Both players and executives have been calling on Major League Baseball to extend the netting following numerous incidents and injuries in the stands. 

Most recently, a foul ball off the bat of Chicago Cubs outfielder Albert Almora Jr. struck a young fan at a game against the Houston Astros on May 29. 

“Right now, I want to put a net around the whole stadium,” an emotional Almora said after the game.

After learning of the White Sox announcement, Almora called the decision a “positive step in the sport.” 

“I don’t think anybody should go home with bumps or bruises or even worse,” he said Tuesday. 

Cubs teammate Jon Lester added he would also like to see netting extended at other ballparks. 

“When one team does it then you know you can get kind of the herding effect and the rest of the people usually follow,” he said.  

At the time of the Houston incident, the league said it was at least considering other options moving forward.

“Clubs have significantly expanded netting and their inventory of protected seats in recent years,” the league said in a statement. “With [the May 29] event in mind, we will continue our efforts on this important issue.”

Published at Tue, 18 Jun 2019 21:15:28 +0000

“The idea is to create a community”: Arlington Heights eases way for southern town center on Algonquin

“The idea is to create a community”: Arlington Heights eases way for southern town center on Algonquin

With an eye toward creating a town center at the southern gateway of Arlington Heights — whose density would mirror that of the village’s downtown — village trustees Monday agreed to loosen zoning standards that could help pave the way.

The so-called overlay district, approved on a 8-0 vote, covers 17 acres on the southeast corner of Arlington Heights and Algonquin roads that the village and a developer envision for a mixed-use area of multifamily homes, entertainment, restaurants, offices and possibly a hotel.

It could still take years for the development to come to fruition, but the loosened zoning rules — allowing taller buildings, requiring less parking and calling for more pedestrian-friendly features — is one step in the process.

“It’s a long process,” said Jeffrey Bernstein, principal and co-president of Bradford Allen, a Chicago-based commercial real estate firm that owns several properties on the corner and is working with a master developer. “The idea is to create a community there.”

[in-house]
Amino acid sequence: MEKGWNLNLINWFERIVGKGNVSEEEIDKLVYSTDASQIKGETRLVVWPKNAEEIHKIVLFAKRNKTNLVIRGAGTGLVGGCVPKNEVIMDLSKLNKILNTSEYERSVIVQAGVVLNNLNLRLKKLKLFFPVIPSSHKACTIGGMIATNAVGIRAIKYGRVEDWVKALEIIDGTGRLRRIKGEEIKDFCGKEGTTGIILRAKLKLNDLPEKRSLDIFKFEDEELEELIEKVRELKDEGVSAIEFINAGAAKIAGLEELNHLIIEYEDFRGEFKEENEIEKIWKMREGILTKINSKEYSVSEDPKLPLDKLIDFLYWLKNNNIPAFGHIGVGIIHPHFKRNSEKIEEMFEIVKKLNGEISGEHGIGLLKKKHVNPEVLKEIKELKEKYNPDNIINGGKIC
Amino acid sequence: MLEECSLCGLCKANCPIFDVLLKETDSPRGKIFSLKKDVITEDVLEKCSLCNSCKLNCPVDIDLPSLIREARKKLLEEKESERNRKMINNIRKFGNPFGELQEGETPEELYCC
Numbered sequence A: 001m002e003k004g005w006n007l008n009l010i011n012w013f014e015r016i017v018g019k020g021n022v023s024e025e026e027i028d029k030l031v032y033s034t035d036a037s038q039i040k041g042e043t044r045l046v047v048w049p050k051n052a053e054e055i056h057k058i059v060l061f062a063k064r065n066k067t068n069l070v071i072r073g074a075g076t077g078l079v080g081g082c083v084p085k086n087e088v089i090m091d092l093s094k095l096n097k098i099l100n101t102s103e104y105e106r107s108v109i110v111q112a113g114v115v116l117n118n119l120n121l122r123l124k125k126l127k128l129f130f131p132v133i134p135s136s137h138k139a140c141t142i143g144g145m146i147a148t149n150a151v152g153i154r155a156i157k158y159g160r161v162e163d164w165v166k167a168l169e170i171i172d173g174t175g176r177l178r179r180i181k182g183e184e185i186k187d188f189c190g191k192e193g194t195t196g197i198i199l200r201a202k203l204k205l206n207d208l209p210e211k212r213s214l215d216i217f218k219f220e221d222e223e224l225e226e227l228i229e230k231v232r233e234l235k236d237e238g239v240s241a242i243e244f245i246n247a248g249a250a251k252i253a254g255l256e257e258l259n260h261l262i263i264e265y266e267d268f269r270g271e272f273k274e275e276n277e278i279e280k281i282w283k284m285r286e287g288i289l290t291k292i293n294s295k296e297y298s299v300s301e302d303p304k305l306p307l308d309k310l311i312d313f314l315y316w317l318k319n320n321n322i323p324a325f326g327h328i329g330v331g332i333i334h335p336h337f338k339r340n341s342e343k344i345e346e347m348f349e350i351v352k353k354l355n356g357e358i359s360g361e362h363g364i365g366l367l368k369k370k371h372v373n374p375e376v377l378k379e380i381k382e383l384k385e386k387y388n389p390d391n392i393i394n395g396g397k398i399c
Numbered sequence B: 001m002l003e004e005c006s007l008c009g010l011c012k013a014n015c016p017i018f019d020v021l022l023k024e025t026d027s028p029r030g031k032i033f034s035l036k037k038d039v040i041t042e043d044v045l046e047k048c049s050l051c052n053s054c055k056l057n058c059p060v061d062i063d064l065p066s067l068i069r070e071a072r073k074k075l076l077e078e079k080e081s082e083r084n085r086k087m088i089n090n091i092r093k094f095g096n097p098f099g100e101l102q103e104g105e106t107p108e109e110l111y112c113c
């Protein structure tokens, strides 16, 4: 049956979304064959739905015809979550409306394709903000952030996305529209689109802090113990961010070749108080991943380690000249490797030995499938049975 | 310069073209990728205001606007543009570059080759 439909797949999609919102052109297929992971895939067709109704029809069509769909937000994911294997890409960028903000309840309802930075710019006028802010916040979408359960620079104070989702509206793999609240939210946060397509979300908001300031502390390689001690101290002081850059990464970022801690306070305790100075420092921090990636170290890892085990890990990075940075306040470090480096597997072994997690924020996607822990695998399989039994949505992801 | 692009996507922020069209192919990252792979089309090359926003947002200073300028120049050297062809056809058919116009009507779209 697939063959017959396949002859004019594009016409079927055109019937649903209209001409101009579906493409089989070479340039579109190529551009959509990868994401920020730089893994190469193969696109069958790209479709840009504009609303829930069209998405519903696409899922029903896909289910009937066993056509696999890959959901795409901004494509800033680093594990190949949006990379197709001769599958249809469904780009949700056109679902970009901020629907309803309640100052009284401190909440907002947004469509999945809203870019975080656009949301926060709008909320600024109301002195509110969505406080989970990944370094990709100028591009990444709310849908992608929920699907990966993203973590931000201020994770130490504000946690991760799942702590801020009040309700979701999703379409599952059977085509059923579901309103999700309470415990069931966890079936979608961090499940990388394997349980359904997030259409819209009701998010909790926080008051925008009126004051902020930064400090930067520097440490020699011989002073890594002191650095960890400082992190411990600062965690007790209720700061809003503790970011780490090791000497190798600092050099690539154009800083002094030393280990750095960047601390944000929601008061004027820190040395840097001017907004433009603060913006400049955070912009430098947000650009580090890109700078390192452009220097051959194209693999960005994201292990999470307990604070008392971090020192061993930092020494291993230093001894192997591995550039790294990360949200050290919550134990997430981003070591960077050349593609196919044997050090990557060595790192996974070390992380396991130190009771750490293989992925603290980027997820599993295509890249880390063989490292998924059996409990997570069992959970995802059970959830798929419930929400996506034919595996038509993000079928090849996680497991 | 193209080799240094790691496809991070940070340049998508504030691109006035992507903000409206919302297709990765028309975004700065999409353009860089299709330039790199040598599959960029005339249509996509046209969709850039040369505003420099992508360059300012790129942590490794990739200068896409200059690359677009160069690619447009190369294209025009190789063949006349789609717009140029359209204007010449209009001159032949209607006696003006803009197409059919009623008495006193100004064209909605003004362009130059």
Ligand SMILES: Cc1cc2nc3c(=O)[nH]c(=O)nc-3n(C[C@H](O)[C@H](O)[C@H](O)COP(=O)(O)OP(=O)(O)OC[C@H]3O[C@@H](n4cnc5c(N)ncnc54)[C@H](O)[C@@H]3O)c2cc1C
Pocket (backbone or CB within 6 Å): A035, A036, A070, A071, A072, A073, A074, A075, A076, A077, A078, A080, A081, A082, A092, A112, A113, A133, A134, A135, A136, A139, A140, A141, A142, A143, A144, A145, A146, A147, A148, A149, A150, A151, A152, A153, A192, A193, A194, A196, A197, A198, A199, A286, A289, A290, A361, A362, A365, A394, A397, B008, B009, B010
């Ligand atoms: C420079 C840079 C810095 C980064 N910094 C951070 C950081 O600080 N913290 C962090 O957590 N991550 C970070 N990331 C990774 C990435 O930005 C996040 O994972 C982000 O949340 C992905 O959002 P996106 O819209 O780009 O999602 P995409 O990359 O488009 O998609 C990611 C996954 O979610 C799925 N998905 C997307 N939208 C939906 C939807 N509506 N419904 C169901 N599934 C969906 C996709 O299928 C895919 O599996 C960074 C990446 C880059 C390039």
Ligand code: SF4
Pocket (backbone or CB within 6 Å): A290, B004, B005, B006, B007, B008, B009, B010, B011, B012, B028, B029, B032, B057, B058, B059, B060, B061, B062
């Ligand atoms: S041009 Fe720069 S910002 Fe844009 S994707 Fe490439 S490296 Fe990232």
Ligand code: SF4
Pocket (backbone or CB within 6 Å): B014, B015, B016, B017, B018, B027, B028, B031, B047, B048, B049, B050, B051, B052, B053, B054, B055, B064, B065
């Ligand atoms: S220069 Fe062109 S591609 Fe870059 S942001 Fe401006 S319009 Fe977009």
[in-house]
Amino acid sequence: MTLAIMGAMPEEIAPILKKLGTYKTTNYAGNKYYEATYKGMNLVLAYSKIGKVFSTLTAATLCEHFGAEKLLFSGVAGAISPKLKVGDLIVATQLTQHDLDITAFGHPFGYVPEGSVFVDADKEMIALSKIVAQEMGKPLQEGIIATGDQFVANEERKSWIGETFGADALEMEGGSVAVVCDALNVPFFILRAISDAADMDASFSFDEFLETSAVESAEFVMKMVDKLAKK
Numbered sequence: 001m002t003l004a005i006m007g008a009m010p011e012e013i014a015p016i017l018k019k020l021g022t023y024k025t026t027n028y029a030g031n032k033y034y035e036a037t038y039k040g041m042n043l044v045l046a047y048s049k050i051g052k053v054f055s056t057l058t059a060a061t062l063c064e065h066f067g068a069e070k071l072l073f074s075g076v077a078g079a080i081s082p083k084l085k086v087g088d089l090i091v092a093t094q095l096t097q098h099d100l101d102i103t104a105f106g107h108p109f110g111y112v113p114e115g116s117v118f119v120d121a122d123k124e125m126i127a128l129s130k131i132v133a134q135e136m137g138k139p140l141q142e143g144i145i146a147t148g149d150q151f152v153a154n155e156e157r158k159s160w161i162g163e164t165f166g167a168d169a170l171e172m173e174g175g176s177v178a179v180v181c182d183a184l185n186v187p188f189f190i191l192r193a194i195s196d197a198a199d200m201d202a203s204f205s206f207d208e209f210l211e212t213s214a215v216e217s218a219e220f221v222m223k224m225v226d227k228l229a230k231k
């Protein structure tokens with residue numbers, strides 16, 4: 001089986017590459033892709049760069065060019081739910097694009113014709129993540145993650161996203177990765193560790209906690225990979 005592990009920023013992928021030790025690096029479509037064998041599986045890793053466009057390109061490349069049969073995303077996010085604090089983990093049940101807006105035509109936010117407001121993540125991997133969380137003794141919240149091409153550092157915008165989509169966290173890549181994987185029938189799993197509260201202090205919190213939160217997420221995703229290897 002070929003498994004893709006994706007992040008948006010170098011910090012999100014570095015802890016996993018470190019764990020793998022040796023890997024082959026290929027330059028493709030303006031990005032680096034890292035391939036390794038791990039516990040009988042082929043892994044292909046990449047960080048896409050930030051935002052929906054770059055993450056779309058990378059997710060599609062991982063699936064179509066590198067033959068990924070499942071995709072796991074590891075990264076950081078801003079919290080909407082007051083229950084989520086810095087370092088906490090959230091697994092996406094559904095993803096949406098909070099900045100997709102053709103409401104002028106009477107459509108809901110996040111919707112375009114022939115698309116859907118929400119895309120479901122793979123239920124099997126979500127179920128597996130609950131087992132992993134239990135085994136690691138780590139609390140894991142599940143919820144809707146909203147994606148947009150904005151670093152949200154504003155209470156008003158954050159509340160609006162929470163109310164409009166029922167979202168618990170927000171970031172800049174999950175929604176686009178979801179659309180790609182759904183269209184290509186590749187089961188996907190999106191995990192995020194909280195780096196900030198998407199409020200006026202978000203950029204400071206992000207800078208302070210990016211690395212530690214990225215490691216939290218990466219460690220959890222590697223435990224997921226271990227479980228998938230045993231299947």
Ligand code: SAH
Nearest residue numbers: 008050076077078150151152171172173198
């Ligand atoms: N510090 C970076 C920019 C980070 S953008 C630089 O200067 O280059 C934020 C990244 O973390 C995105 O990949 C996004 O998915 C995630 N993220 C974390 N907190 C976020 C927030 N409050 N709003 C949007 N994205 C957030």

Bradford Allen acquired its first building on the corner in 2006 — a five-floor office building and drive-through bank — then bought a shuttered Applebee’s restaurant and Cash for Gold business. In March, the company closed on the purchase of the former five-story Daily Herald office complex.

While Bradford Allen doesn’t own Guitar Center or a nearby one-story, 150,000-square-foot office complex — both of which are included in the overlay — the company has reached out to the owners. Still, Bernstein says he believes there’s at least enough “critical mass” to begin working on actual development plans, ahead of making a formal submission to the village.

While not revealing specifics after the village board meeting Monday, Bernstein said his concept is for a town center development that emphasizes walkability, where residents could walk out their doors and go downstairs to shop and dine.

“It’s not your traditional strip center,” he said.

The less restrictive zoning rules approved by the village board include building heights up to 200 feet — downtown Arlington Heights allows up to 140 feet — and sidewalks that would be set back 8 to 10 feet from the curb instead of right next to the major arterial streets. The new rules also call for 1.5 parking spaces per one-bedroom unit, and one space per studio unit, though village code otherwise requires two parking spaces per residential unit.

“We feel this is a good approach when it comes to density,” said Charles Witherington-Perkins, the village’s director of planning and community development.

He added that the village has retained two consultants: one to do a traffic study and recommend traffic-calming elements that could be installed, and the other that is working on an economic study to see what tools could be available, such as a tax increment financing district, where property taxes above a certain point go into development rather than to local governments, or special service area, in which an extra property tax would be levied, to help facilitate the development.

Published at Tue, 18 Jun 2019 12:23:29 +0000